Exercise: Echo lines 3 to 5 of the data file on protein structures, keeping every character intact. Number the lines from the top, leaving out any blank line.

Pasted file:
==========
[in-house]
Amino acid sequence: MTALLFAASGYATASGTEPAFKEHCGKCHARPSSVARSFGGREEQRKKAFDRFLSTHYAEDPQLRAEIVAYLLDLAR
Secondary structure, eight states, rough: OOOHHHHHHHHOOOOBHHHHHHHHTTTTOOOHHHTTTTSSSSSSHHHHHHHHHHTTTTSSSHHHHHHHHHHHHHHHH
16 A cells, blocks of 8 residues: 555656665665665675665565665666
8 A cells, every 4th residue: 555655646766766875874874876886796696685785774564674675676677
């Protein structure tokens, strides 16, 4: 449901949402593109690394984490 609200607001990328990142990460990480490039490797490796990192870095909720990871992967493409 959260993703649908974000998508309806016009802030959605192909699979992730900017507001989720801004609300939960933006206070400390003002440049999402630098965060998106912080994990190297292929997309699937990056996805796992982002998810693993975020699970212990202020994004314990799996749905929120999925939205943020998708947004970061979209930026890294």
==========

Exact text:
Secondary structure, eight states, rough: OOOHHHHHHHHOOOOBHHHHHHHHTTTTOOOHHHTTTTSSSSSSHHHHHHHHHHTTTTSSSHHHHHHHHHHHHHHHH
16 A cells, blocks of 8 residues: 555656665665665675665565665666
8 A cells, every 4th residue: 555655646766766875874874876886796696685785774564674675676677